You can find the lesson plans at A typical lesson plan includes a description of the lesson, information about the lesson plan, a teacher guide, resources and web links, student activity, and ways to extend the student activity.

Lesson plans are available (at in these areas:
• Geography
• History
• Language arts
• Mathematics
• Science and technology
• Social studies

How-to Articles

At, you can learn how to use Microsoft software (Excel, PowerPoint, Word, MovieMaker) in the classroom with these how-to articles.

Excel techniques include creating a timeline, displaying fractions, and making charts and graphs. PowerPoint tips include animating chart elements, creating movie-style crawling credits, developing mini lessons, and showcasing photos. Applying special effects, creating a monthly calendar, designing a bookmark, and using hidden text are among the Word “how-to’s.” Introducing your classroom and an open house movie are listed in the Movie Maker tips.

Microsoft Virtual Classroom Tours

These downloadable PowerPoint presentations ( are creative and constructivist-based. The tours are interdisciplinary. Content areas available include language arts, mathematics, science and technology, and social studies.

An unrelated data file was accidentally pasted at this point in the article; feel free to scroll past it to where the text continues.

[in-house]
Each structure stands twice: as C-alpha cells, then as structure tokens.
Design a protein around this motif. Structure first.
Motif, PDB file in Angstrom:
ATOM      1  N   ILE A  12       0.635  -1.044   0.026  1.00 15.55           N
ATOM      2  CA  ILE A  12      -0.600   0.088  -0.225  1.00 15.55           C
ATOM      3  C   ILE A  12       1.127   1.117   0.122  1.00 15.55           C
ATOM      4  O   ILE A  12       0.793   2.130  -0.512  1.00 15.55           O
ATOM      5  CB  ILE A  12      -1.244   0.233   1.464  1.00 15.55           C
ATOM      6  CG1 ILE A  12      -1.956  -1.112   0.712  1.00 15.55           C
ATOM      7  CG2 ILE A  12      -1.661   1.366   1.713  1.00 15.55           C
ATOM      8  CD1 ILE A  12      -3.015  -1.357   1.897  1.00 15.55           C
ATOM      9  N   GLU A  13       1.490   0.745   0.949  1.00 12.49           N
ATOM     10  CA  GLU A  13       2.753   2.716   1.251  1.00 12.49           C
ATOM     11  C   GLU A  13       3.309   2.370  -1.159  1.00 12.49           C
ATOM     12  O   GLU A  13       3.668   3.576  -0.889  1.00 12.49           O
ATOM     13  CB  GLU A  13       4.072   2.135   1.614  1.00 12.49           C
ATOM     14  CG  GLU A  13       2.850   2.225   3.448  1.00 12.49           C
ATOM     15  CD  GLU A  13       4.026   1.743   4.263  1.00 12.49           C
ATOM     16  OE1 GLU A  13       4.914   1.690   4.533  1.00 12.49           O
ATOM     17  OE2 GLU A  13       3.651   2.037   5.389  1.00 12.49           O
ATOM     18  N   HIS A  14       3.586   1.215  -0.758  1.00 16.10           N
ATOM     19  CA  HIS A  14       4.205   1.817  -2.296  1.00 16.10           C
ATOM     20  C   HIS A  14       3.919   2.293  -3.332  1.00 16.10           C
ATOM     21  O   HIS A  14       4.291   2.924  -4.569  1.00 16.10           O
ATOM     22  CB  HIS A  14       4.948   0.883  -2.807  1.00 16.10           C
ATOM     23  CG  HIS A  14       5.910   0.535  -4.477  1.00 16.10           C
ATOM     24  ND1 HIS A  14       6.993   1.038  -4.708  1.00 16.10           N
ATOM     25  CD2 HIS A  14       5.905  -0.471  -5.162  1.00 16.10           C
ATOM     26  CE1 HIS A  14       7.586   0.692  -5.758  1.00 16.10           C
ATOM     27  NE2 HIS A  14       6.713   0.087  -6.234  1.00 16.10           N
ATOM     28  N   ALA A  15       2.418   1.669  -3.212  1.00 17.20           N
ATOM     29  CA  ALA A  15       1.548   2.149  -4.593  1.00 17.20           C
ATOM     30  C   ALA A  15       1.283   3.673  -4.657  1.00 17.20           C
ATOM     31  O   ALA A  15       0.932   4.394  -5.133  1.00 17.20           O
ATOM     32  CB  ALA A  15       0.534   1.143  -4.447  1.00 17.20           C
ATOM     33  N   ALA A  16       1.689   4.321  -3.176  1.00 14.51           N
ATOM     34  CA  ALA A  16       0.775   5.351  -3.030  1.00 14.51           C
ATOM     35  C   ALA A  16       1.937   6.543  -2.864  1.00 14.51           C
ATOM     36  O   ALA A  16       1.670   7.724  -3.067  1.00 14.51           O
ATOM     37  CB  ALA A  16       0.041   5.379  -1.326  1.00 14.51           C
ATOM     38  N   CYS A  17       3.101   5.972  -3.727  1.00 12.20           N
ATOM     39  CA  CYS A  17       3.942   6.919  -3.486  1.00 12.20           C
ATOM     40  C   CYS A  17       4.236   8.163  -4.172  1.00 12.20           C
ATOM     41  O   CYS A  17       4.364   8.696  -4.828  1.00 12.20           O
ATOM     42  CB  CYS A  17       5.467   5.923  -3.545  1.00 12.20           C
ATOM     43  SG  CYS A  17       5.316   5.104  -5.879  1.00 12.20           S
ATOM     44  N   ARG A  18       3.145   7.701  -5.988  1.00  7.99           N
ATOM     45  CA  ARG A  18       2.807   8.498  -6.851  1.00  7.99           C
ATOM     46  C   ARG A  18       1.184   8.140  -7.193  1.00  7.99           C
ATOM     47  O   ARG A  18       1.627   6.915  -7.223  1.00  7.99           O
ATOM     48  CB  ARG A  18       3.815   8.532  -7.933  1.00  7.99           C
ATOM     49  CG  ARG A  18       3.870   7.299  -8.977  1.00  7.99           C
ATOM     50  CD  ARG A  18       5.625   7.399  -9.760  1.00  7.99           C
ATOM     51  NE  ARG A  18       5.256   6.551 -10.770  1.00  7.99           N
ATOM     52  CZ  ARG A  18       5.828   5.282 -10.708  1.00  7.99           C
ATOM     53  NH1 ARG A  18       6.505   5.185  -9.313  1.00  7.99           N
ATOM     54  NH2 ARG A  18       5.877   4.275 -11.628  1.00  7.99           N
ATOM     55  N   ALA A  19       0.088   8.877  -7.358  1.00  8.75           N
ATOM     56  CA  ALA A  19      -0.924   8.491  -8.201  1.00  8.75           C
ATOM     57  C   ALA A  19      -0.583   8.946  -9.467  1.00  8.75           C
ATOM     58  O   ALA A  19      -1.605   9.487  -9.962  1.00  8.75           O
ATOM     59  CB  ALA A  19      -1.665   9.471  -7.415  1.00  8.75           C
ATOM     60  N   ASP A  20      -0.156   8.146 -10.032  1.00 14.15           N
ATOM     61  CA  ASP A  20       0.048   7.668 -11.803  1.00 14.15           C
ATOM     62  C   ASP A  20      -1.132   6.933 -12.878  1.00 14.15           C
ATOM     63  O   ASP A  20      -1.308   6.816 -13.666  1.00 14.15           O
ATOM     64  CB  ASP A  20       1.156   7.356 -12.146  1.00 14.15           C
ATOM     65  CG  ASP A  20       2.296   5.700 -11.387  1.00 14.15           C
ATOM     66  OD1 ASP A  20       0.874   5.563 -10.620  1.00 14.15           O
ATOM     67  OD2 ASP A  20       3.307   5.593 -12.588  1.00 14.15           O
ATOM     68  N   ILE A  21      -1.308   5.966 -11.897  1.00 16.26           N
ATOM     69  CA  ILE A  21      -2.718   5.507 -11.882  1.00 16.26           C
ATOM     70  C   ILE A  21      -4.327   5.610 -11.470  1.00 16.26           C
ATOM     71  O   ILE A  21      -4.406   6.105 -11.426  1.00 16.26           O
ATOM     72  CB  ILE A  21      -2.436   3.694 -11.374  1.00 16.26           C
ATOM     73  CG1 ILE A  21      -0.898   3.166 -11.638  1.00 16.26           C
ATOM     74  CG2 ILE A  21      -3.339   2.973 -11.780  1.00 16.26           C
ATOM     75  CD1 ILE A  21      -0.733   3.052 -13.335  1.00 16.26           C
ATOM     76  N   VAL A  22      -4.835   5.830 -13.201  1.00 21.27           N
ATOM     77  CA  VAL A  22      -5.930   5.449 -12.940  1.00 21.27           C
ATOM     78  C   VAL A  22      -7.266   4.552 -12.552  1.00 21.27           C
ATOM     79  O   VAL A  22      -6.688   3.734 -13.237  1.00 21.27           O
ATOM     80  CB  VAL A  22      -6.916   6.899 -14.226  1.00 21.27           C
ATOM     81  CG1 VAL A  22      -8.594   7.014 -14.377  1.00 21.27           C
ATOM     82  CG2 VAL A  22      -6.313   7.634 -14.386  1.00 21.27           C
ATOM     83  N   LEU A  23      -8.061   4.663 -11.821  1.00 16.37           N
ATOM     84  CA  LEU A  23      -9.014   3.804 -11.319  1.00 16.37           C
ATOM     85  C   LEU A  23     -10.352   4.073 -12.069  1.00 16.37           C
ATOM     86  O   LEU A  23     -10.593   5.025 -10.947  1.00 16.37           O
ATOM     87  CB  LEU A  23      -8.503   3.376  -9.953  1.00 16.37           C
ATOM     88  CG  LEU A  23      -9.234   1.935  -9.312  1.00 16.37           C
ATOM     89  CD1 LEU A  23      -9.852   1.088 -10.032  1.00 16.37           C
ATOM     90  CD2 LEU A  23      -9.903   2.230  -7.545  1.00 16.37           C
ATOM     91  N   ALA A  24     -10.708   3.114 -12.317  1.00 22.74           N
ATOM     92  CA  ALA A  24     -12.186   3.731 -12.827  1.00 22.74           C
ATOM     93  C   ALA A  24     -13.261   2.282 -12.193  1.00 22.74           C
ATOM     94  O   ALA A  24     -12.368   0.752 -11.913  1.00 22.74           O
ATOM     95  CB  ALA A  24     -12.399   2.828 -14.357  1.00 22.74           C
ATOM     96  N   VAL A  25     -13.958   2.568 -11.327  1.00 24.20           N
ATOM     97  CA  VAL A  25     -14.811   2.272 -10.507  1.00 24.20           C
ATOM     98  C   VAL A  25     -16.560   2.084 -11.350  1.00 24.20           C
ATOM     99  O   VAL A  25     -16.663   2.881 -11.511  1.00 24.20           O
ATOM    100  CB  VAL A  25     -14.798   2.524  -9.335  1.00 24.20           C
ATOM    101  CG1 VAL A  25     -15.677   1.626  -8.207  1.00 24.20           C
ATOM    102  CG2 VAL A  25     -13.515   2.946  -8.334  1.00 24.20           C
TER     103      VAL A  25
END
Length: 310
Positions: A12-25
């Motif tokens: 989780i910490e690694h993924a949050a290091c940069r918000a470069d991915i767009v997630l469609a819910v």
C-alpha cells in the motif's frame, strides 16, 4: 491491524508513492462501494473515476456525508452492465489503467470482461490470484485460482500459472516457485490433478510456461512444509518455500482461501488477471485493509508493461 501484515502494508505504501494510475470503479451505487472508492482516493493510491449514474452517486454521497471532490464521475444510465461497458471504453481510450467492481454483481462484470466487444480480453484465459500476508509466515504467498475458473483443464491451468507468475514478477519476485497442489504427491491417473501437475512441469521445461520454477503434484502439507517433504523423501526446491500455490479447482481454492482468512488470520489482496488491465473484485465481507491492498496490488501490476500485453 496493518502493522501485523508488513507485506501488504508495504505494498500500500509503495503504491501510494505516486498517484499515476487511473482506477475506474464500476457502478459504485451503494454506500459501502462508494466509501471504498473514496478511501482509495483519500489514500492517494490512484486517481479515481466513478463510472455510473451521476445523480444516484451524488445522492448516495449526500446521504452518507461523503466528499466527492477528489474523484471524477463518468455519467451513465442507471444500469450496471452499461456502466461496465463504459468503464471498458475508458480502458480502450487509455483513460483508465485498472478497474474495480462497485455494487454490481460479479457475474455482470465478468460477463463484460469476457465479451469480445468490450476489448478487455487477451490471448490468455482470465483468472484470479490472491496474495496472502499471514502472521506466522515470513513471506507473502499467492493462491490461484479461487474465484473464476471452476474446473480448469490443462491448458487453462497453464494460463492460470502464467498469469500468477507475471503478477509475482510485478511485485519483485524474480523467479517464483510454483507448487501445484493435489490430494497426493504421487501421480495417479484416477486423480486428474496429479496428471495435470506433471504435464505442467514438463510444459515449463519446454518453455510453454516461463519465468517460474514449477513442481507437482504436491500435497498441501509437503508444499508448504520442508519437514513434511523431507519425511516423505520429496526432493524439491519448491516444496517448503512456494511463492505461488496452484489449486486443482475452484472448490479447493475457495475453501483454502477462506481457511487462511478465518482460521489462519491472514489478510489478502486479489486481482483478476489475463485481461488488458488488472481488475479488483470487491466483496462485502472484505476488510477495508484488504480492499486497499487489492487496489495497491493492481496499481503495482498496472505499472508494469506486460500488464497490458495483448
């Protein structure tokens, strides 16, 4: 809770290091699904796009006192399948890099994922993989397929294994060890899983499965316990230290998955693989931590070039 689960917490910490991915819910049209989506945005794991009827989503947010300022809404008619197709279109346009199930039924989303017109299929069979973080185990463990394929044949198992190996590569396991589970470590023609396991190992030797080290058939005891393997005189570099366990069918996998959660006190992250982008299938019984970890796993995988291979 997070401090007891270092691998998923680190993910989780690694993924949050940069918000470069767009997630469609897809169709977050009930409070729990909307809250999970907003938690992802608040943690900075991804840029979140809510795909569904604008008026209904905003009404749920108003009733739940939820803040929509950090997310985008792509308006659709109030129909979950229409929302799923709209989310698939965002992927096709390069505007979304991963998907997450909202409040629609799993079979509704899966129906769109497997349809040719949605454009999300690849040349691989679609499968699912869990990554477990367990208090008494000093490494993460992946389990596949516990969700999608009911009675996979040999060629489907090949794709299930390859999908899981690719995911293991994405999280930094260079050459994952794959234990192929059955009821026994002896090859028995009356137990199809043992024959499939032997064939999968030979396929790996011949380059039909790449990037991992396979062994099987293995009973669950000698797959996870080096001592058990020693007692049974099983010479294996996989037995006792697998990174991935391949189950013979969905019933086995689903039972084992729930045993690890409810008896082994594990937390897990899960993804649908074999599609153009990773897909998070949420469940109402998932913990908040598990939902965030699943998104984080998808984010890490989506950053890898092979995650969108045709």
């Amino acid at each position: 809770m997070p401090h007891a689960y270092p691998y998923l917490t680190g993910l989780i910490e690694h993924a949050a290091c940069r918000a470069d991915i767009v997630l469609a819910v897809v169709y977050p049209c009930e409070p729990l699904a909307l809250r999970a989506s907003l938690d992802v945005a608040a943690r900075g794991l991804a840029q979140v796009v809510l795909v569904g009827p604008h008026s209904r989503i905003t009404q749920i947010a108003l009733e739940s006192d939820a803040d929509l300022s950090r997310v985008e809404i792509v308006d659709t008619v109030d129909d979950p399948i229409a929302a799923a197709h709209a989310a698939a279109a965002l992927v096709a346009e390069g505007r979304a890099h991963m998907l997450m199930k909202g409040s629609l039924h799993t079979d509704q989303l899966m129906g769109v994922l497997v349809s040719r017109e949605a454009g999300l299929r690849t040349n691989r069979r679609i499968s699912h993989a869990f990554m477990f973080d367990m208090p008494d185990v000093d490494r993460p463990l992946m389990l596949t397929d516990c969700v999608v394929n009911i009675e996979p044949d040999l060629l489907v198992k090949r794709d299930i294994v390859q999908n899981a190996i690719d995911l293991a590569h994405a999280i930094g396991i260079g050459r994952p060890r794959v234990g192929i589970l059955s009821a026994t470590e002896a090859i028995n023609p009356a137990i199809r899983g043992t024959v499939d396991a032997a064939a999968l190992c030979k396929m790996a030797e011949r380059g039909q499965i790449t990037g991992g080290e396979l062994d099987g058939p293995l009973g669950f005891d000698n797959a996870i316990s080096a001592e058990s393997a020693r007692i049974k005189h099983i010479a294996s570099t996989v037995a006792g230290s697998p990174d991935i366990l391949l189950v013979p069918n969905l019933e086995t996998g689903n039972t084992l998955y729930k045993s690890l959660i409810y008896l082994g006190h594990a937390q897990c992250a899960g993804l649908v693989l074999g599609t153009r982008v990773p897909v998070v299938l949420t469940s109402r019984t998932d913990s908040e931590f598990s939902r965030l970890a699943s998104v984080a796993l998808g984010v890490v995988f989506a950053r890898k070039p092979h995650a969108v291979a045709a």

Microsoft Product and Technology Tutorials

Microsoft software tutorials ( include techniques for using Excel, PowerPoint, Word, Windows XP, and Windows media. Special guides for educators include using accessible technology and using digital media with Windows XP.

Saturday, March 10, 2007

More Web Sites... Useful and Many Interactive

This list of web sites begins with some sites that are interesting no matter what or whom you teach. The list closes with a few specialized sites for language arts and mathematics. Many of these sites are interactive and will work well with a SMART board or other interactive whiteboard. Enjoy!

Web Sites for Everyone…

The Exploratorium was one of the first science museums to build a site on the web. (Don’t let that stop you if you’re not a “science teacher.” This site will capture your interest no matter what you teach.) The award-winning site has more than 18,000 pages exploring many different topics. The Explore section has activities to guide you to explore a variety of topics such as frogs, global climate change, language, and robots. On the Tools for Teaching page, you can watch the dissection of a cow’s eye, try some hands-on activities, access an extensive digital library, and more. You can also purchase some interesting gifts at the online store. (This site was difficult to evaluate and annotate because I kept becoming involved in the activities!) A brief description of this web site does not do it justice. This web site is definitely a “must visit”!

Lexicon of Learning
Finally… a dictionary for “educationese”!

Project Based Learning Checklists
With project based learning, students participate in projects and practice skills from the academic content areas. This site provides checklists for project products. The checklists are easy to customize and to use.